Is essentially provided by the Coracoclavicular ligament

Upper fibres of the trapezius and deltoid will provide some dynamic stability in a healthy injury free AC joint

However, both muscles can create further damage to the AC joint during periods of injury if the muscles are contracting because they where their attachment points are.

Movements of the AC Joint

The acromion of the scapula rotates on the acromial end of the clavicle

These movements are associated with motions of the scapulothoracic joint

Anterior / posterior gliding of the acromion relative to the clavicle (e.g. protraction/retraction of shoulder blade)

Superior / inferior migration of the acromion when you elevate and depress your shoulders

Tilting (Anterior/Posterior)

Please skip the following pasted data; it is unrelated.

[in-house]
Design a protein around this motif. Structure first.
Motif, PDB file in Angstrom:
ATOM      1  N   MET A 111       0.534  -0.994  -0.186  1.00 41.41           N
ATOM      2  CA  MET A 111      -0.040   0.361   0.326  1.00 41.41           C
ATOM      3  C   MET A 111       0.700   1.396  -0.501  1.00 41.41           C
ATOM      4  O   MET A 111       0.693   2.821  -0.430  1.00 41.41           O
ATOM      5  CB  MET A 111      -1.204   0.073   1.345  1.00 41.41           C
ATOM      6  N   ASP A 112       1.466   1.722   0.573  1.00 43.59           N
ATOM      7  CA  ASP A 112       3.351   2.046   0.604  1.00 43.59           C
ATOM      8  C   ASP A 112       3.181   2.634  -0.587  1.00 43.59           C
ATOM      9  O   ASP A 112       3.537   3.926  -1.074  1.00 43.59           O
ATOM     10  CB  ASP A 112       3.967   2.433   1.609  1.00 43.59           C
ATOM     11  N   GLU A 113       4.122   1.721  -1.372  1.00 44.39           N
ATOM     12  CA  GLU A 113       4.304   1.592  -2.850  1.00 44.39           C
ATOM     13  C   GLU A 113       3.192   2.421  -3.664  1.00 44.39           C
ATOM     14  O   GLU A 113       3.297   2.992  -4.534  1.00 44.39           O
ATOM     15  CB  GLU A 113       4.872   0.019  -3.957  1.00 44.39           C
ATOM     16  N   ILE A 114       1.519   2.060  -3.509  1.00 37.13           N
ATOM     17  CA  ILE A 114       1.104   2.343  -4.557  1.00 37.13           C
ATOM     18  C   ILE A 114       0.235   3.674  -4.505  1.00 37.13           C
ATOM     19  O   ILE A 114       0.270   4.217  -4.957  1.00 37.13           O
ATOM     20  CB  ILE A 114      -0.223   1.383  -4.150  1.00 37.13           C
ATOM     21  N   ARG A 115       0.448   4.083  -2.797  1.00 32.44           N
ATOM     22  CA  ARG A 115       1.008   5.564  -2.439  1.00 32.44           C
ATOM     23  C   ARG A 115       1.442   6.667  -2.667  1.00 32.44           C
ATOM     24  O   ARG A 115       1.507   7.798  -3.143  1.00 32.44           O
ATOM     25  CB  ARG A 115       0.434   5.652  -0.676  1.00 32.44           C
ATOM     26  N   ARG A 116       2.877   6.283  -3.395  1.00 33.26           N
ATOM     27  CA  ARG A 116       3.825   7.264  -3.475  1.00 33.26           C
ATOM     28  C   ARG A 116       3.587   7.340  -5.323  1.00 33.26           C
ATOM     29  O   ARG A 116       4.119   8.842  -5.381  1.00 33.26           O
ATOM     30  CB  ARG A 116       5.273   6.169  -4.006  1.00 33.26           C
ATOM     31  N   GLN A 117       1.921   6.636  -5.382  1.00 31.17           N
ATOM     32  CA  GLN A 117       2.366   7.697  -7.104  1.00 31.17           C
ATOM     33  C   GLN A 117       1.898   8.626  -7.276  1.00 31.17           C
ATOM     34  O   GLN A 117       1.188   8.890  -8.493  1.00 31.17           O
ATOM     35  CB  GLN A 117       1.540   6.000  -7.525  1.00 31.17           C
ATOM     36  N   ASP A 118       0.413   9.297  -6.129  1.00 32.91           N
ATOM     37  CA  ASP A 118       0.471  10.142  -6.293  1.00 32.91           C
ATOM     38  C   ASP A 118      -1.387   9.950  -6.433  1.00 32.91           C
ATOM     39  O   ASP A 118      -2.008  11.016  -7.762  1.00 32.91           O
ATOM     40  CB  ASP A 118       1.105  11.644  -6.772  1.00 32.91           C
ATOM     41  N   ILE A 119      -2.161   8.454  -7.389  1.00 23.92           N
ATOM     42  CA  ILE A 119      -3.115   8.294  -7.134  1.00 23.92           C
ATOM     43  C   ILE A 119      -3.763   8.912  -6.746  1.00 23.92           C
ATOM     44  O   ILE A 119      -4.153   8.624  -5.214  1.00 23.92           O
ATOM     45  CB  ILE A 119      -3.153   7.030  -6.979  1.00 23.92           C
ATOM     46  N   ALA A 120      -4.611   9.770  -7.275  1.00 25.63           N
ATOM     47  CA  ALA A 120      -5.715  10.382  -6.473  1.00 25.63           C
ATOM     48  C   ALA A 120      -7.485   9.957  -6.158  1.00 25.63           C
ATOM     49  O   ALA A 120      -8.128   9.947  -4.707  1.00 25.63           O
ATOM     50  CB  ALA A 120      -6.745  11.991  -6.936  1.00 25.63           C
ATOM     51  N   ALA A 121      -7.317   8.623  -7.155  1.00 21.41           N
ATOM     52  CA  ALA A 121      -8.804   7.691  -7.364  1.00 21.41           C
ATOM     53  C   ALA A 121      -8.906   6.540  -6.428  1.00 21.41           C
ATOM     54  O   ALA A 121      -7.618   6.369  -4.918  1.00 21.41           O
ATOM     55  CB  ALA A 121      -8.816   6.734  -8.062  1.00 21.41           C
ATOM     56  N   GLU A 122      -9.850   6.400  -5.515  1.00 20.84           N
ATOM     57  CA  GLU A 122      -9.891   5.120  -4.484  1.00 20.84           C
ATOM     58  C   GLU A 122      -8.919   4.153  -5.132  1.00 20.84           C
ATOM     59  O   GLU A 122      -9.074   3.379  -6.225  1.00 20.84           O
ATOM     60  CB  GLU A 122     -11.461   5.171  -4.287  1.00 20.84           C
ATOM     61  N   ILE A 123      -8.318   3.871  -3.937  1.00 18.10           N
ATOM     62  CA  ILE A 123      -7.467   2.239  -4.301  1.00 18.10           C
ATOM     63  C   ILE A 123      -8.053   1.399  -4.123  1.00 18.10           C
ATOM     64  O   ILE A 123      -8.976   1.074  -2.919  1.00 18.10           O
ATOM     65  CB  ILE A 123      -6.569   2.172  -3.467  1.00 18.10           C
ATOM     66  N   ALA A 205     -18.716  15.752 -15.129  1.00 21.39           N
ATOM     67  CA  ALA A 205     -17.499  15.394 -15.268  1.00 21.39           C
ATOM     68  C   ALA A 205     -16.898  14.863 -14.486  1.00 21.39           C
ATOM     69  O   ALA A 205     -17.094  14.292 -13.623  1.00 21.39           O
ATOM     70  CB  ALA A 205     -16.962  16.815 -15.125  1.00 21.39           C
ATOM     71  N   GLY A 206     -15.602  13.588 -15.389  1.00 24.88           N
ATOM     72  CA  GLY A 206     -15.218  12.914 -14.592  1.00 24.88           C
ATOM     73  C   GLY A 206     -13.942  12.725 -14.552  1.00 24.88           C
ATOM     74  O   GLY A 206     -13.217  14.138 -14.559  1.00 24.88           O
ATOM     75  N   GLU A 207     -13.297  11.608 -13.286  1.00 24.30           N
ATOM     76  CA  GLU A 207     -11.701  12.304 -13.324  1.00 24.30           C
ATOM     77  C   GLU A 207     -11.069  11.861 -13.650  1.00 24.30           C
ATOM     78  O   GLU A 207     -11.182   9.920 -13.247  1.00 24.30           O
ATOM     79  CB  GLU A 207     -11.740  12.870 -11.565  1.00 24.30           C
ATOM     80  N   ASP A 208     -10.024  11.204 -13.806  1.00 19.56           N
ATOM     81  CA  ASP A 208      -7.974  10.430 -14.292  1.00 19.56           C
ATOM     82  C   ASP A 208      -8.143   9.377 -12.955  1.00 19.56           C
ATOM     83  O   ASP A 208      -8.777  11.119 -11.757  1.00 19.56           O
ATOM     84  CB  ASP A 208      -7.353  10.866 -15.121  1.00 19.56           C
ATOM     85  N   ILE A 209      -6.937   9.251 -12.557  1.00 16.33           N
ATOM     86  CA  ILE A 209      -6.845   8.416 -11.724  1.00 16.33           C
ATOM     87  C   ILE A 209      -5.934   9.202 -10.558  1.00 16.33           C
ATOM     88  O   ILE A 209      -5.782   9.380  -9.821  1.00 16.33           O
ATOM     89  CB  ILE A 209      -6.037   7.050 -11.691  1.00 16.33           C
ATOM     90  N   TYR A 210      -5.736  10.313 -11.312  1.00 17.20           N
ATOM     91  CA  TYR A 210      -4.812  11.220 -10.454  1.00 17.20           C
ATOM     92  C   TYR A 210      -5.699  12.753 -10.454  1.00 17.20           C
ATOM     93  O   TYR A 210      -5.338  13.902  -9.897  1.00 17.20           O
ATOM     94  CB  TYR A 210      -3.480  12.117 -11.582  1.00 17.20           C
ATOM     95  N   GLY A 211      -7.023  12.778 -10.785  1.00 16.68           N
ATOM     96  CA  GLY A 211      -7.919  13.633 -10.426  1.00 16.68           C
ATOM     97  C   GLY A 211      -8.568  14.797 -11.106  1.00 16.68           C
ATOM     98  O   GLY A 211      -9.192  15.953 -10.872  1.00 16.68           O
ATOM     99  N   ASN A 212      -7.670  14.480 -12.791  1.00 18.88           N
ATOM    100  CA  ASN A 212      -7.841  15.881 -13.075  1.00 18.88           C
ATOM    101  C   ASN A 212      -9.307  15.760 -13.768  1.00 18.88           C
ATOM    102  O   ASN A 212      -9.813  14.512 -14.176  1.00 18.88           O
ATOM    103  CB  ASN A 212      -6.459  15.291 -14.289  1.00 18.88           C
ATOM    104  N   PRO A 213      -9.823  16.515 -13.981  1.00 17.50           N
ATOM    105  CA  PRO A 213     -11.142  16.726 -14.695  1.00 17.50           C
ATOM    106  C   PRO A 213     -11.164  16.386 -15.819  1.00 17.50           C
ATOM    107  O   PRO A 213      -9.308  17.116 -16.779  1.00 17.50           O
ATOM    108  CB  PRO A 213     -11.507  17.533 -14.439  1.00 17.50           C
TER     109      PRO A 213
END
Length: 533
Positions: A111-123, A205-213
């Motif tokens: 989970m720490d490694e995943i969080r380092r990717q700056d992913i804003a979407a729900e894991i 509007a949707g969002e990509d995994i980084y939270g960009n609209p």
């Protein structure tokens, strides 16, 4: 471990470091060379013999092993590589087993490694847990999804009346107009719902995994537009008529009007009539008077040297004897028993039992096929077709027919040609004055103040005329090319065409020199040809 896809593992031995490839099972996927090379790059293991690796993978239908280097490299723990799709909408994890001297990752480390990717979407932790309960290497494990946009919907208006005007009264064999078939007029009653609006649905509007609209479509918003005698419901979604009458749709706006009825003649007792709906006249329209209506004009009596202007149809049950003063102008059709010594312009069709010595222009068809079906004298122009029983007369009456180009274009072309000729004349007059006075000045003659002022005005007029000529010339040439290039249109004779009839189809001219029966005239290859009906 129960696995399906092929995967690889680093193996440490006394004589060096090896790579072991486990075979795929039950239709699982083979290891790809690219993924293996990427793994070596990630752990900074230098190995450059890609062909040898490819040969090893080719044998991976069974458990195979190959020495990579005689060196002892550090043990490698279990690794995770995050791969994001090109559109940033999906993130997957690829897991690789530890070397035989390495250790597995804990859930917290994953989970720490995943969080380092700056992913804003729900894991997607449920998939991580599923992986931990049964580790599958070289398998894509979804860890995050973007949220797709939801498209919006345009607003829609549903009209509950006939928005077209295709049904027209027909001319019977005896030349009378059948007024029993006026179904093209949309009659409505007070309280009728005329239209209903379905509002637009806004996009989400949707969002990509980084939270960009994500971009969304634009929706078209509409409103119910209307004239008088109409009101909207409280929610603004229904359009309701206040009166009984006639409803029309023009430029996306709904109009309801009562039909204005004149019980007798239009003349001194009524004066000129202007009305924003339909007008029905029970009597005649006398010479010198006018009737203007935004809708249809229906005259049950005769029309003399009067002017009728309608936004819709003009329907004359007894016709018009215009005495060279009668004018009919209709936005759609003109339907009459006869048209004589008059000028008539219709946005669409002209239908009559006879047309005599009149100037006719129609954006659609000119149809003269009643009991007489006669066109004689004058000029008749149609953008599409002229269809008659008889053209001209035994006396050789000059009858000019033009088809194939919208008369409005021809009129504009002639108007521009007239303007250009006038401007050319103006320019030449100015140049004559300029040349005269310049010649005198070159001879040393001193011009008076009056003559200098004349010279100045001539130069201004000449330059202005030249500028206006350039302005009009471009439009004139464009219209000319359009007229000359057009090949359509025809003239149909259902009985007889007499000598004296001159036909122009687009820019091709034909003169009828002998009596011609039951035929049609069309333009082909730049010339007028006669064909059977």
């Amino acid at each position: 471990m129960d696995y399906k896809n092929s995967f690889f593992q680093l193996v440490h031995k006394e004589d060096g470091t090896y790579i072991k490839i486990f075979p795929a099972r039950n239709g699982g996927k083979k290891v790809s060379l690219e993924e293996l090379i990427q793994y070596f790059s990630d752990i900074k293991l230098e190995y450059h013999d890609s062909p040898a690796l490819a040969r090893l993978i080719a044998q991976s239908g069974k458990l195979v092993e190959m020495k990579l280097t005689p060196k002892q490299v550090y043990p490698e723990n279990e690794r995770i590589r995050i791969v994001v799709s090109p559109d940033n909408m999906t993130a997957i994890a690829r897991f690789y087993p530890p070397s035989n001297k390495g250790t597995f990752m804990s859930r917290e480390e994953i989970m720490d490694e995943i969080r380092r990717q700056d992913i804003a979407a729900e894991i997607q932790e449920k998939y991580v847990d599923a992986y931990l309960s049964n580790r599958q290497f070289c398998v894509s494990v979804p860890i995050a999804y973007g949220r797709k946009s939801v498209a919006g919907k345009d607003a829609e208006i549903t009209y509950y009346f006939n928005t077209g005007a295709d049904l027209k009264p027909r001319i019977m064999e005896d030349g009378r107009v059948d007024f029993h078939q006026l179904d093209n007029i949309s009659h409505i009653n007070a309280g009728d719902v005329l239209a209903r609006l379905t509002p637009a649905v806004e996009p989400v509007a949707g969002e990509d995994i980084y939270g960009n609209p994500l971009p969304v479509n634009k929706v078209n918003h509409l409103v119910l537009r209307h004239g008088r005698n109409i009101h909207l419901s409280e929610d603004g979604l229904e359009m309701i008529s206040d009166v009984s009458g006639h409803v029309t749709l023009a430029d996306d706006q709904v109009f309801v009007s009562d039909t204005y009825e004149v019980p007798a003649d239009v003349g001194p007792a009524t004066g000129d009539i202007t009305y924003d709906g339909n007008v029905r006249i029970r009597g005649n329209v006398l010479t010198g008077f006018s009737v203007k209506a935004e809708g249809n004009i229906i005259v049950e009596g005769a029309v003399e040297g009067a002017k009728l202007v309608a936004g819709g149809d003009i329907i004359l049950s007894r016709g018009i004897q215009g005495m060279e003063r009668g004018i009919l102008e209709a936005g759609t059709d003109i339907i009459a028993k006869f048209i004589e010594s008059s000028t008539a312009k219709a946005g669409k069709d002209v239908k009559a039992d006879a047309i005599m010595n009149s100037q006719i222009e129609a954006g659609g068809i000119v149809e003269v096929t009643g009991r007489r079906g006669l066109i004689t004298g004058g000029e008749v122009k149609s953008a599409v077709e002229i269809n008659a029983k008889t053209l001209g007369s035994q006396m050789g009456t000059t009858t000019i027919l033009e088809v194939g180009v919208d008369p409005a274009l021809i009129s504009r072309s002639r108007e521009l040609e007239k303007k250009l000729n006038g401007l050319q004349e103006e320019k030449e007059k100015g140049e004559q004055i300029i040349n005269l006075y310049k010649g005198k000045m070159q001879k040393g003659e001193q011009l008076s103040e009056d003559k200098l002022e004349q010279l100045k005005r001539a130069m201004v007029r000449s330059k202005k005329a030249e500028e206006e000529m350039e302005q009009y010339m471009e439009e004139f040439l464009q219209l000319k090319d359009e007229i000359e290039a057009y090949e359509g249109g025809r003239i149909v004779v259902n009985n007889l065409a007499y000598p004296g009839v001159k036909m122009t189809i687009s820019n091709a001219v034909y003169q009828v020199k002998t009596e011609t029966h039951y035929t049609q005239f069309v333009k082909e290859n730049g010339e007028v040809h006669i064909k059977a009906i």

Note: There are no direct muscles that move the AC joint. The axioappendicular muscles that attach and move the scapula cause the acromion to move on the clavicle

AC Joint Pathology

G1: Torn some fibers / G2: Ruptured ligament but the coracoclavicular ligament is still in tact so the clavicle wont ride up / G3: Complete rupture which is when the clavicle rides up

Scapulothoracic Biomechanics

Ability of the scapula to glide & upwardly and downwardly rotate relative to the posterior aspect of the rib cage

Practical Application:

Out of the 180 degrees of abduction our shoulder joint gets: 120 comes from the GH joint and 60 degrees comes from the scapula movement. (2:1 ratio). So if the scapula isn’t movement correctly your shoulder ROM will be limited.

Along with the Acromioclavicular & Sternoclavicular joints, scapulothoracic gliding enables the glenoid fossa to follow the head of the humerus

Helps to maintain maximum contact between the articular surfaces of the true shoulder joint

Muscles Controlling Scapular Upward/Downward Rotation